Imagine showing up to Iceland’s Reykjavik Airport after enjoying a fun little getaway to the Nordic island. Your bags are packed, your itinerary is set, and you’re all ready to head home. Only upon arriving at the airport, however, you suddenly find that the airline you’ve booked your flight on has not only decided to cancel all flights without warning but to also announce that it no longer exists. As far as getting your money back, you’re told that if you booked through a European travel agent or credit card, you should check to see if they’ll reimburse you. But if you purchased your tickets directly, especially if you didn’t spring for insurance, there’s a huge possibility you’re out of luck. As for getting home, you should just look into another, likely far more expensive, flight from another airline. As unbelievable as the scenario may sound, it’s exactly the situation that thousands of passengers found themselves in on March 28, 2019, when the budget airline Wow Air suddenly announced its collapse.

The airline responsible for Iceland’s tourism surge

Ever since 2012, Wow Air has been offering budget flights to Europe that seemed too good to be true. Though it’s now turned out that they were in the long run, during the airline’s operation, many travelers scored round trip tickets to Europe or Iceland for $250 or less. A one-way ticket from the U.S. to Europe could even be booked for as little as $49.

Though the airline admittedly offered no frills and charged hidden fees for things like baggage, the offer was still a pretty an amazing one. As a result, the small island nation of Iceland enjoyed a tourism surge that was highly contributing to its recovery from the economic uncertainty it faced a decade ago. In 2018, reports revealed that up to 8.2% of Iceland’s GDP was a direct result of the surge in tourism, with approximately 685,000 people visiting the island from the U.S. alone.

How things went from bad to worse

With fully booked flights and business booming, what went wrong for the budget airline? Former CEO Skúli Mogensen revealed to Business Insider that “We were profitable and successful as a single-fleet low-cost operator up until 2017. So really it’s 2018 that was an abnormally bad year.” The numbers reveal that Mogensen was not exaggerating, as Wow’s losses skyrocketed to $33.6 million in 2018, even though revenue had spiked by 31%.

Mogensen explained that one of his largest mistakes was an attempt to move away from the airline’s budget travel model, which by most accounts seemed to have been its largest draw. While it had traditionally operated with a fleet of low-cost airbuses, Wow got a bit ambitious with the addition of three wider body Airbus A330-300 jets. Mogensen stated that the airline’s attempt to shift from the budget travel model to that of more traditional airlines, only complicated matters.

“We started behaving like a legacy carrier in the sense that we added a premium cabin,” he said. “And again complicating our message, complicating our service delivery, complicating the marketing, and we are going back to our roots as a pure low-cost carrier.”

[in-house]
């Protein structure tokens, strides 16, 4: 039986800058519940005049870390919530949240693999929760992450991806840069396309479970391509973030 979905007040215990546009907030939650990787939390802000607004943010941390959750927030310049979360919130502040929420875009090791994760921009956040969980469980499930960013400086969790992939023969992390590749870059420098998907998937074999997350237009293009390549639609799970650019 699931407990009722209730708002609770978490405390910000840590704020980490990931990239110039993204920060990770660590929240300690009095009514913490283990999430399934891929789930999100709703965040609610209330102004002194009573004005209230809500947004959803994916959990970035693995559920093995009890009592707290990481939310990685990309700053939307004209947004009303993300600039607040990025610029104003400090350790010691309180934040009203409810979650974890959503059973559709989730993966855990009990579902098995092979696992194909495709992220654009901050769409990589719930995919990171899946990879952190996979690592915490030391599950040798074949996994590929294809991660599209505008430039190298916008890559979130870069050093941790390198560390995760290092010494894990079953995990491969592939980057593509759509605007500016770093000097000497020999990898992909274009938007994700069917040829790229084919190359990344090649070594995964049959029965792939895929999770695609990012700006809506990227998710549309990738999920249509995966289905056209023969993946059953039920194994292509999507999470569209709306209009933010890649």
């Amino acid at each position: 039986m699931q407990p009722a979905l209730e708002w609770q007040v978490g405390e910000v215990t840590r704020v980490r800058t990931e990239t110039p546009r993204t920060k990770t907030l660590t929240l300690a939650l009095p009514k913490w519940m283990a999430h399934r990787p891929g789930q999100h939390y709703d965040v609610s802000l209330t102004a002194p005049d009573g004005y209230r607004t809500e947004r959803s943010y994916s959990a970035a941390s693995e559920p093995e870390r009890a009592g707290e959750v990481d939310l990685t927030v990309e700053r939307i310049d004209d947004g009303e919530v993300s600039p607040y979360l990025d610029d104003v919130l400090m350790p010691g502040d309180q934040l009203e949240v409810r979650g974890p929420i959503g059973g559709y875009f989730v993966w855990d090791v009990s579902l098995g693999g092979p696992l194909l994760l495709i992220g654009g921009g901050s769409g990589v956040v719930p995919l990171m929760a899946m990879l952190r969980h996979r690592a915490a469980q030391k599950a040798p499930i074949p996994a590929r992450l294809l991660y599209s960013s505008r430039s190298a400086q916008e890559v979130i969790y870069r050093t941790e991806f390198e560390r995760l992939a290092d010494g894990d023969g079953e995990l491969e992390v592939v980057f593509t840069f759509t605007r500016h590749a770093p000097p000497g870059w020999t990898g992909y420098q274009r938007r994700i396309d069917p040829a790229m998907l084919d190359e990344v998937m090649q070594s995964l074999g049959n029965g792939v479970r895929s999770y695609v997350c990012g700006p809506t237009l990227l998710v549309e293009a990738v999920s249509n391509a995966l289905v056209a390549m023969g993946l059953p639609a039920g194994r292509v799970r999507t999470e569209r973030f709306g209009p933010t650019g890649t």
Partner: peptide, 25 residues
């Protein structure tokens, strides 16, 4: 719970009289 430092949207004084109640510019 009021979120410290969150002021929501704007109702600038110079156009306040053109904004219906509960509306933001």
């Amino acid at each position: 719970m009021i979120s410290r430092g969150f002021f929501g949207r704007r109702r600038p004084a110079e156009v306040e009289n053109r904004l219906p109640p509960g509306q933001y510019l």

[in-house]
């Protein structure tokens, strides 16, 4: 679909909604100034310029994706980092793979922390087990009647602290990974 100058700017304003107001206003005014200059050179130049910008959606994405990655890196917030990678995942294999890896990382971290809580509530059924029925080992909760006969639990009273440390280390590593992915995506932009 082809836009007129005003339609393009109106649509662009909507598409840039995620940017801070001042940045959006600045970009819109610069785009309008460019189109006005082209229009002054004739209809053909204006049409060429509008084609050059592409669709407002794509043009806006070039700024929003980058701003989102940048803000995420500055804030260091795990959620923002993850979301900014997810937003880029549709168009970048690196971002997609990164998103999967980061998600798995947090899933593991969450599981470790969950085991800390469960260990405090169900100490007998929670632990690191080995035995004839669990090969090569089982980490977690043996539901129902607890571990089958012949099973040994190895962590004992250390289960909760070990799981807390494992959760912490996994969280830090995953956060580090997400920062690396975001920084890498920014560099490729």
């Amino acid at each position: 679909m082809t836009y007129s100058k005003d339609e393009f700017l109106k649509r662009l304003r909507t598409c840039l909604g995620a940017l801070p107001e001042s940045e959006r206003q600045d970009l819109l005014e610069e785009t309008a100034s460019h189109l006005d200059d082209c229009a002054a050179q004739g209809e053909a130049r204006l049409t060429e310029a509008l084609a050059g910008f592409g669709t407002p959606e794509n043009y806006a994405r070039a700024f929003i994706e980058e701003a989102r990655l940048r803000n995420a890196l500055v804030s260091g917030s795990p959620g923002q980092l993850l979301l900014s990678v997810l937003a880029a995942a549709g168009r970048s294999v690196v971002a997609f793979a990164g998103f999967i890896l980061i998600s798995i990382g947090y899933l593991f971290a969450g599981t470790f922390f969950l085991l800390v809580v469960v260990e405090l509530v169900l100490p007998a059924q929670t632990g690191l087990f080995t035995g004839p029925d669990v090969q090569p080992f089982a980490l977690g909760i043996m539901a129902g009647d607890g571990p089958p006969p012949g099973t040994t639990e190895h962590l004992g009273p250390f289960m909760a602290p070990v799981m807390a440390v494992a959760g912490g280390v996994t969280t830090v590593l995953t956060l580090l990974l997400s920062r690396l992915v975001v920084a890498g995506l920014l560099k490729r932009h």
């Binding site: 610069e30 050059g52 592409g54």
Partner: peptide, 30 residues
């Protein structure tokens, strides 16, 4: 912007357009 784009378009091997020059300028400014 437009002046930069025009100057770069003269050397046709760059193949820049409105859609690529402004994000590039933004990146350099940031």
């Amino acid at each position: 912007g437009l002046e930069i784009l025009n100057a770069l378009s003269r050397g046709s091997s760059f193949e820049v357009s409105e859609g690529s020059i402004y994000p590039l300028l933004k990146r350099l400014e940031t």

By the time the airline had realized its mistake and began attempting to return to its low-cost roots, it was simply too late. The company attempted to rally by merging with its former rival Icelandair but ended up having to lay off over 100 employees and cut its fleet nearly in half when the plans fell through. Mogensen’s last-ditch efforts to find initial investors obviously proved less than sufficient, as 1,100 additional Wow Air employees found themselves out of a job as of the March 28th announcement.

What it means for Iceland’s tourist industry

As for what the airline’s collapse means for Iceland’s economy, the effect will definitely not be an easy one, at least initially. The country’s tourist industry, which employees nearly 30,000 people, is on edge as some estimates predict a tourism plunge of up to 16%. Meanwhile, the Icelandic government has issued an announcement ensuring the country’s citizens that a contingency plan has been activated to help offer reassurance for the uncertain economic consequences of the airline’s collapse.

Some citizens, however, are attempting to look on the bright side of the situation, pointing out that Iceland’s tourist boom didn’t only bring positive consequences. In the past decade, the tiny island has also struggled with challenges such as inadequate space along its small, one-way highways and environmental destruction brought on by the rise in tourists. Some tourists have likewise fallen prey to underestimating the country’s challenging terrain and formidable weather, leading to a number of injuries and deaths.

A strange turn of events

In a completely unexpected plot twist, Mogensen recently announced that despite all that’s happened, he still doesn’t plan to give up on attempting to restructure the airline. The former Wow Air CEO has reportedly begun further attempts to secure investors for a new budget airline which, to all appearances, looks a lot like Wow Air under a different name. Mogensen has begun presenting a $40 million dollar pitch in an attempt to secure potential investors for the new airline he’s tentatively calling NewCo. Under his plan, he would take the lead as CEO of the new company, which would operate under the same low-cost travel model that initially made Wow Air a success. But will investors be willing to reinstate a CEO whose last airline continued accepting payments for reservations until 2 hours before announcing its own collapse? At this point, only time will tell.